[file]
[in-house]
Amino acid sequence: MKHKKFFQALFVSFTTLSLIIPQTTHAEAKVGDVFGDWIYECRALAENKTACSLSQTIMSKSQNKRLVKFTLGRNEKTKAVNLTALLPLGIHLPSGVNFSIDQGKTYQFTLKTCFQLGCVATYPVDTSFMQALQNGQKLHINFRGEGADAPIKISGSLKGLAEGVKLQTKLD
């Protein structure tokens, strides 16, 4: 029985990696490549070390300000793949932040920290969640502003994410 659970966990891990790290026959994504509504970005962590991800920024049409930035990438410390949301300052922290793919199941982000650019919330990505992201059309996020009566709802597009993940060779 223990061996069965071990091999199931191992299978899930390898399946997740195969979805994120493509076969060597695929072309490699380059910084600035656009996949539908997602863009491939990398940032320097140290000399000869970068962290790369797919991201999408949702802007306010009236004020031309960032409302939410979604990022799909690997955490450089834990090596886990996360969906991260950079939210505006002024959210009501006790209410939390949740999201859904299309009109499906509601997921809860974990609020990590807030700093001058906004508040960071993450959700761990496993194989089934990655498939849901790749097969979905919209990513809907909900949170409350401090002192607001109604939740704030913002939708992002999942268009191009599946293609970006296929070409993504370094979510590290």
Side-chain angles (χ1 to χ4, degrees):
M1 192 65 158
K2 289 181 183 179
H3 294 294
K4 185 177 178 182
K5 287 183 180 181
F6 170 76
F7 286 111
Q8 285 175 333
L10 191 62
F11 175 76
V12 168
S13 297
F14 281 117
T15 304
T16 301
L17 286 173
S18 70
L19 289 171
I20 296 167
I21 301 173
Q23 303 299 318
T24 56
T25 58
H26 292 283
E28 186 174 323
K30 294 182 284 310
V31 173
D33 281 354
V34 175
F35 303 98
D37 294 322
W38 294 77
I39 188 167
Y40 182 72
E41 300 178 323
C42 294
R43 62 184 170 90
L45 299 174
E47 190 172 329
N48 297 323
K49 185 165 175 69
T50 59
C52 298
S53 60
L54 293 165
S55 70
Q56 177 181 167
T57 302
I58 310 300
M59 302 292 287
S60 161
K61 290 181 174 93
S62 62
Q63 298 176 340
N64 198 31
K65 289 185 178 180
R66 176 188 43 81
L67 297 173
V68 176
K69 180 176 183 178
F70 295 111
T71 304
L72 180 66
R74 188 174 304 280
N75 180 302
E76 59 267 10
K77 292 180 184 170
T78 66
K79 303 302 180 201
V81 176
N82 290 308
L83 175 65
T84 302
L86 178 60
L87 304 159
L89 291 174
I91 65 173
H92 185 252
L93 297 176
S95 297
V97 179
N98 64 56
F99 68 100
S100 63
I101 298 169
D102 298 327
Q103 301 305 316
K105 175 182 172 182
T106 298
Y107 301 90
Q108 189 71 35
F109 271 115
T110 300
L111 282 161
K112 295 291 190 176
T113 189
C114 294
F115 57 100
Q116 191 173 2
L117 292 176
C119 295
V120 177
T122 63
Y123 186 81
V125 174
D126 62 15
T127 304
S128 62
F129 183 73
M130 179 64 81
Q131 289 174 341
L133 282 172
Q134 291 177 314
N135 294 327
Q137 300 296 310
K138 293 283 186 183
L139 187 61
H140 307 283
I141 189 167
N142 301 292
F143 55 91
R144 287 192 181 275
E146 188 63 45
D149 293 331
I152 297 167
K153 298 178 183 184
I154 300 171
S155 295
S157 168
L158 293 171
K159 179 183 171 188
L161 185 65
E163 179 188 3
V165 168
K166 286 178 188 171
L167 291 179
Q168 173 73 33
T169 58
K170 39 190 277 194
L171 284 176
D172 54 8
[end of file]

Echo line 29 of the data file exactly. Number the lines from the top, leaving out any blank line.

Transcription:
E28 186 174 323